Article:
The scans came out as close as perfectly white balanced as I’ve experience from Lab 36. Maybe it’s because the scenes always had some shades of white, but the files were almost ready to be shared as they are.

Cooler tones from the Tungsten White Balance
Shot on Kodak Vision 3 500T

When the files came out so close to perfect white balance, it made the grading experience so much more convenient. No matter where you go with the colors, they always have a sense of reality, especially in skin tones.

Warm tones from Yên Nghĩa Station 
Shot on Kodak Vision 3 500T

I am honestly more and more surprised whenever I edit these JPGs. They are a treat to work with. I was able to retrieve shadows and highlights and grade better than some raw digital formats.

Buying an A7S III with lenses in ZShop

I’ve recently bought myself a Sony A7S III for video, and the RAW files are much more boring to work with in comparison. Almost flat and without much color or character.


9.0 out of 10.

Kodak Vision 3 has become my new go-to film. It is cheap to buy because it is bought in large quantities and sold back in batches of 36 exposures. It looks great and is neutral enough to give it the look that you want while retaining the film qualities.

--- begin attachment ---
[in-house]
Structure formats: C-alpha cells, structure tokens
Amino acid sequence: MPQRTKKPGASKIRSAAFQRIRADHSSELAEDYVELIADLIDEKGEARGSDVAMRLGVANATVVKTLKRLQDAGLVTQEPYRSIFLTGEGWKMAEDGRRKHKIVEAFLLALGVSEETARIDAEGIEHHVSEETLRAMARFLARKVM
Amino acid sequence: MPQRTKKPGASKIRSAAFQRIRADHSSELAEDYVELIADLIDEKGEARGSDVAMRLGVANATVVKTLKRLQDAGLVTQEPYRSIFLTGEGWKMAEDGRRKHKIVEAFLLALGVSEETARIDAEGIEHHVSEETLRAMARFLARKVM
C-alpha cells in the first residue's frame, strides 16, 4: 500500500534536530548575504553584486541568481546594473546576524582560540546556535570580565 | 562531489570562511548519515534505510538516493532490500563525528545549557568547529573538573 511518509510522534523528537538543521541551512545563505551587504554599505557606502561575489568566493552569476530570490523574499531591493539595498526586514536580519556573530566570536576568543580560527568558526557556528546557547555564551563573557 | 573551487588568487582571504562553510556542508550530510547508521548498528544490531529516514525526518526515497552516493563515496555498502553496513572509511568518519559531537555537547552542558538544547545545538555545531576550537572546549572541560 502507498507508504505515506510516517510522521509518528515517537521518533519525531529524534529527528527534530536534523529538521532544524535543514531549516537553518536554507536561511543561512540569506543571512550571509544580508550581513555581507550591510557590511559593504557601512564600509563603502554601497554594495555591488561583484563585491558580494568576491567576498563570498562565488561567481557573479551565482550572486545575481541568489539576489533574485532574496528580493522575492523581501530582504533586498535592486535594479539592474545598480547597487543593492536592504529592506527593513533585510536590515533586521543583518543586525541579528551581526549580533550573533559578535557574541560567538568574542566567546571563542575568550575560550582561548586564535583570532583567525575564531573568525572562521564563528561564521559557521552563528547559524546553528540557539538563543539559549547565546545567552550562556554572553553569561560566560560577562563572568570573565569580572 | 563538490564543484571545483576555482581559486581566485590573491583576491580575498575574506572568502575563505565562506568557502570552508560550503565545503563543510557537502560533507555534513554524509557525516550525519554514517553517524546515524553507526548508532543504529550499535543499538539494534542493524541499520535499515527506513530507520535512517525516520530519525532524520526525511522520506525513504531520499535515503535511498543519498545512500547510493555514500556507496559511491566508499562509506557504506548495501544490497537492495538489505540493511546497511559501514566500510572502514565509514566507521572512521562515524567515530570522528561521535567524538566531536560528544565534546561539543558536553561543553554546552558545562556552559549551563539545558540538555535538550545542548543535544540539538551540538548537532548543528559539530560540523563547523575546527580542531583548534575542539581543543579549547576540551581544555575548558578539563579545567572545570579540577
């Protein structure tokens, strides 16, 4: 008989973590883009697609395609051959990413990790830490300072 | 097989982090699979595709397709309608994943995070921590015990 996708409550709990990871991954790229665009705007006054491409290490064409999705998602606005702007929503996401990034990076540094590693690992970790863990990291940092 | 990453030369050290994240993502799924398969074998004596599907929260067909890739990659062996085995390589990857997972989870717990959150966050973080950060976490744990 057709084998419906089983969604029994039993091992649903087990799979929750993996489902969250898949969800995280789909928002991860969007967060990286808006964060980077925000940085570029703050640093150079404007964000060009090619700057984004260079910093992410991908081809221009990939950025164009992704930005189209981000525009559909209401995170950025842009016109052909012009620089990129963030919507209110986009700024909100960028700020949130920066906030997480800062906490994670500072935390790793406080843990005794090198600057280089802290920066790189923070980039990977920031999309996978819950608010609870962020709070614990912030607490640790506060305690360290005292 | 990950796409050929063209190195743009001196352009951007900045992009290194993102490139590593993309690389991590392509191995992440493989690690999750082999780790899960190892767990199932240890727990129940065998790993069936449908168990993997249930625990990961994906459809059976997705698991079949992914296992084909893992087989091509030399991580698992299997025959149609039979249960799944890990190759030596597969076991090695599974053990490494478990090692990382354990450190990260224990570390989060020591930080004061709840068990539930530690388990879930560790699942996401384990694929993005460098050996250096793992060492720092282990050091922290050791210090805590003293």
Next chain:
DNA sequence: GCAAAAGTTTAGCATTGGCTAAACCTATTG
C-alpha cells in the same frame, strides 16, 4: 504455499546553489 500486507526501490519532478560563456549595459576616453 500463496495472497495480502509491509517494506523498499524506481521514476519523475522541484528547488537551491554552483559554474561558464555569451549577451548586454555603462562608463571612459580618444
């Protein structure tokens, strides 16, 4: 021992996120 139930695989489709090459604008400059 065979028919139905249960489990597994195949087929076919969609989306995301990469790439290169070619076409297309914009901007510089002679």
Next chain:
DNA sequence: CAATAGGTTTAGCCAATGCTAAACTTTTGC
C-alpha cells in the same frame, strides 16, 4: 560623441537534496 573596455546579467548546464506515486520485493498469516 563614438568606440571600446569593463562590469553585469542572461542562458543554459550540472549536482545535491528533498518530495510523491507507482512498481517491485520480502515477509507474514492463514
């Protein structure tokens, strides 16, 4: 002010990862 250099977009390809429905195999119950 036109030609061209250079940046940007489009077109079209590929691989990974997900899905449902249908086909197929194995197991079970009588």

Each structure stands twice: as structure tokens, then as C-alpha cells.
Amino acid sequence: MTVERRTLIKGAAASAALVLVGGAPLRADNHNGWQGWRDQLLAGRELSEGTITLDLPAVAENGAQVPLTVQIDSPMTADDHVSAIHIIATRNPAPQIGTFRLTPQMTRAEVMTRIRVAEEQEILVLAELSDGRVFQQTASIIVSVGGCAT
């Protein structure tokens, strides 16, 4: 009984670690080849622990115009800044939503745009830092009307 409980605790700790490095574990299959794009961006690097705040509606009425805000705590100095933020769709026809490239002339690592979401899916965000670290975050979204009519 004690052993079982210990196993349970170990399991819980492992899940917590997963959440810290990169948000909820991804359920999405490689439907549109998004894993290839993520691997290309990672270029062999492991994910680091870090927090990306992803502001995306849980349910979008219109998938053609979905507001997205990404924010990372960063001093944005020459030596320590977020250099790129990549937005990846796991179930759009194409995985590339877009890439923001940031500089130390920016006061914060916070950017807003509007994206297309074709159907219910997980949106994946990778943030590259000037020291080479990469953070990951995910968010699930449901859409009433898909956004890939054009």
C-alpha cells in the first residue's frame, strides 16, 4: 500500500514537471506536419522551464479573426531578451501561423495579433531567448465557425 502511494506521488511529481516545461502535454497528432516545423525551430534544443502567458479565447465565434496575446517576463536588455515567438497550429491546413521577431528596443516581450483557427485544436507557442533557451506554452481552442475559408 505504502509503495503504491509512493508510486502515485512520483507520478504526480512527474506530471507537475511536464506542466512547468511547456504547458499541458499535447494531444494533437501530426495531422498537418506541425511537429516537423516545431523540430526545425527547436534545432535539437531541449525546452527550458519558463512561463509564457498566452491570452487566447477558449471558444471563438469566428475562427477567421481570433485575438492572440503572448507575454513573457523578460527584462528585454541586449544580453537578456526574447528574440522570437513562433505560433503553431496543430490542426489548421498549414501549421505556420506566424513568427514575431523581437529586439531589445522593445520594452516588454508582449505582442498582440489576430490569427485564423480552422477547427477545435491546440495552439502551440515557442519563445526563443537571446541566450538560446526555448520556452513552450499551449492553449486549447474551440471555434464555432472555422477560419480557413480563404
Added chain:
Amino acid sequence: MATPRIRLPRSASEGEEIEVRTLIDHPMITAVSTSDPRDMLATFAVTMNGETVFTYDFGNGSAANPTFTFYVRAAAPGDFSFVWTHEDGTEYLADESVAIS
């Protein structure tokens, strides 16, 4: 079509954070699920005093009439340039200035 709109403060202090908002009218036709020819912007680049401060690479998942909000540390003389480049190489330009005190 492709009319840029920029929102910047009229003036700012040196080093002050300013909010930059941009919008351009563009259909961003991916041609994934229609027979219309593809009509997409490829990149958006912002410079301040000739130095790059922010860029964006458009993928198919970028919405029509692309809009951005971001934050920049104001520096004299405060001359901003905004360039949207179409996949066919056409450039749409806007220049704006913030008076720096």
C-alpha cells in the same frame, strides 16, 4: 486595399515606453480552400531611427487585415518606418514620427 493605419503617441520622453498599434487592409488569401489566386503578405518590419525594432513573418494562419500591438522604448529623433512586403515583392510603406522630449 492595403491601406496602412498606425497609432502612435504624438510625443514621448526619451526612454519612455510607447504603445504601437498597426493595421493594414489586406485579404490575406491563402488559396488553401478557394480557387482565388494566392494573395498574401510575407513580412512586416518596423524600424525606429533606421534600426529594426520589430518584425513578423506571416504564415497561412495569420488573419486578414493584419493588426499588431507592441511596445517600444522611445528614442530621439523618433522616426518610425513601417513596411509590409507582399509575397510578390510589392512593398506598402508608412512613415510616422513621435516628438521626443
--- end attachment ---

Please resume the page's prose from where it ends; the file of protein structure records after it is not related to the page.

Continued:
Bonus: It even has some daylight and tungsten versions for perfectly white-balanced pictures in most situations.

Enjoying Cocktails
Shot on Kodak Vision 3 50D

Perhaps its only downside is the cost and delay of its development, as it has to be done in batches to save as much chemistry as possible in the lab.

Close up looking out the window of the train
Shot on Kodak Vision 500T

I still need to figure out a way to properly expose the 250D and 500T since they are not selectable ASA on Leica M bodies. Also, I will have to give a try to the Fujifilm competition, the Fuji Eterna and Reala, even though they are discontinued.


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What do you think?

Written by dudeoi